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Establishment and dispersal of the fire ant decapitating fly Pseudacteon tricuspis in North Florida
- Porter, S.D., Sa, L.A.N. de, Morrison, L.W.
- Biological control 2004 v.29 no.2 pp. 179
- Pseudacteon tricuspis, parasitoids, biological control agents, fire ants, Solenopsis invicta, geographical distribution, dispersal behavior, insect nests, insect control, Florida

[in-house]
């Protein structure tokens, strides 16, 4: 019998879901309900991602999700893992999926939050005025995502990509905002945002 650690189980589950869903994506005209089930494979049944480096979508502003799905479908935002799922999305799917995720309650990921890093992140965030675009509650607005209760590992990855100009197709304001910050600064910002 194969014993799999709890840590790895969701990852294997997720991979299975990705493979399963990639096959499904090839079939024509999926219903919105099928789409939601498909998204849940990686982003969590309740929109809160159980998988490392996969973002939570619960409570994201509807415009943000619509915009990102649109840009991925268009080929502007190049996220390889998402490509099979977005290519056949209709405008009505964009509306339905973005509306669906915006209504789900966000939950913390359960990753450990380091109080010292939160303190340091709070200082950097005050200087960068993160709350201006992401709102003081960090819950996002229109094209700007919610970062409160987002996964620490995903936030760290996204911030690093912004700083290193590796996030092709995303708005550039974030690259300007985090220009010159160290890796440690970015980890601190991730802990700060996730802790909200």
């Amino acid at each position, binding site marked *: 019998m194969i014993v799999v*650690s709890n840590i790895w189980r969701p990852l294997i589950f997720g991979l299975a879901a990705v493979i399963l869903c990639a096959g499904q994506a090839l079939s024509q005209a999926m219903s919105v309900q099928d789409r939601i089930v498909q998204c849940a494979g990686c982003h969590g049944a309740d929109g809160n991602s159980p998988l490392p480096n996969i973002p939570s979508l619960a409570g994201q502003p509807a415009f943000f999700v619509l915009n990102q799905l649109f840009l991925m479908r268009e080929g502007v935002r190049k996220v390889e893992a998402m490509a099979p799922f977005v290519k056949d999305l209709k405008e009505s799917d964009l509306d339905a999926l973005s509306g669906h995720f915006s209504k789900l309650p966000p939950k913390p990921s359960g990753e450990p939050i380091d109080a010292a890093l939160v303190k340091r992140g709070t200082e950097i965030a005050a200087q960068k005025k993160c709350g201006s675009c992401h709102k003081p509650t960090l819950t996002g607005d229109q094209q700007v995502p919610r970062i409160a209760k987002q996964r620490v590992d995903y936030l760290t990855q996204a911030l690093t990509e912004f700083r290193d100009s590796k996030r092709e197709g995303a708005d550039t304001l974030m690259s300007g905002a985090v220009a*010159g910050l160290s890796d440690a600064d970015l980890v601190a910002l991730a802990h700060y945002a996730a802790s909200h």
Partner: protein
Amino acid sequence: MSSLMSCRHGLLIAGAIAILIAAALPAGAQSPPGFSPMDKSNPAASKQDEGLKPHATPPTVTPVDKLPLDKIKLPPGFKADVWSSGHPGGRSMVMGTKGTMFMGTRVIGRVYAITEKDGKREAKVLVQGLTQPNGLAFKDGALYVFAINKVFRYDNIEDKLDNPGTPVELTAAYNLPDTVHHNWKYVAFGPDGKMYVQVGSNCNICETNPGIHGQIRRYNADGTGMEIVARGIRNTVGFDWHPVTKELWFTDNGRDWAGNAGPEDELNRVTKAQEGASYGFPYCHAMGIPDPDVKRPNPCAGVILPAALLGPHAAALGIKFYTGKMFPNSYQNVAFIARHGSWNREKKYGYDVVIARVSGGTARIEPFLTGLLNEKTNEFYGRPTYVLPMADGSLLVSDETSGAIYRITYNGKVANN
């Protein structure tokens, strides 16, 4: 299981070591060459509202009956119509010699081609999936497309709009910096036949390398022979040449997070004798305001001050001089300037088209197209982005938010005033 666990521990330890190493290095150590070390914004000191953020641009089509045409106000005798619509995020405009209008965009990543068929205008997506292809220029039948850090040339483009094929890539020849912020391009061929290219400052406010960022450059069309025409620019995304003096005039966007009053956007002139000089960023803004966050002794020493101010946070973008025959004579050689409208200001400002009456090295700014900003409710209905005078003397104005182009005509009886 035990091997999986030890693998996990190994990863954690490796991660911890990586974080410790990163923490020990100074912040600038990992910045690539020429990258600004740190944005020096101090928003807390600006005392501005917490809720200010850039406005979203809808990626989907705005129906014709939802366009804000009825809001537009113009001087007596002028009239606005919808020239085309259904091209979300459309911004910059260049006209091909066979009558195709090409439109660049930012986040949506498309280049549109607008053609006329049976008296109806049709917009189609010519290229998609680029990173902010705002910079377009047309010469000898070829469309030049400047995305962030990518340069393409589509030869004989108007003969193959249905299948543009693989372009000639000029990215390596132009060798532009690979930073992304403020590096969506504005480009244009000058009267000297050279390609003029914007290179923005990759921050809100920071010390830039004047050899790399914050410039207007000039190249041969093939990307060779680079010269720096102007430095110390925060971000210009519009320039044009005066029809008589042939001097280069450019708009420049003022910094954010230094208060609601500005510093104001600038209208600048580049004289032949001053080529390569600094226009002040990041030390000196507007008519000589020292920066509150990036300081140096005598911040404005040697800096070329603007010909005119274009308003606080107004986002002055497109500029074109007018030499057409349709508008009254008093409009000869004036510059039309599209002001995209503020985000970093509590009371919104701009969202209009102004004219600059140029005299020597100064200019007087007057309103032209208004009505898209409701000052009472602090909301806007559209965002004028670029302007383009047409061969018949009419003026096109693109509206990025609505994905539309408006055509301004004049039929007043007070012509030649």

- The decapitating fly Pseudacteon tricuspis Borgmeier was released at eight sites in North Florida between the summer of 1997 and the fall of 1999 as a self-sustaining biocontrol agent of the red imported fire ant, Solenopsis invicta Buren. Several releases used parasitized fire ant workers while most involved adult flies released over disturbed ant mounds. Establishment and dispersal of fly populations were monitored by disturbing about 10 fire ant mounds at each site and then inspecting them closely for hovering flies over a period of about 30 min. Overwintering populations of flies were successfully established at 6 of 8 release sites. Over several years, fly populations at these sites increased to levels as high or higher than those normally seen in their South American homeland. By the fall of 1999, flies had expanded out 1-6 km from five release sites and occupied about 125 km2. By the fall of 2000 the five initial release sites plus one new site had fused into one large area about 70 km in diameter. The flies had expanded out an additional 16-29 km and occupied about 3300 km2. By the fall of 2001 the flies had expanded out an additional 10-30 km and occupied approximately 8100 km2. Fly dispersal was not related to wind patterns in the Gainesville area. Based on the above rates of dispersal and an establishment rate of 66%, we estimate that a state the size of Florida would require 5-10 releases spaced over a 3-year period to cover the state in 6-9 years.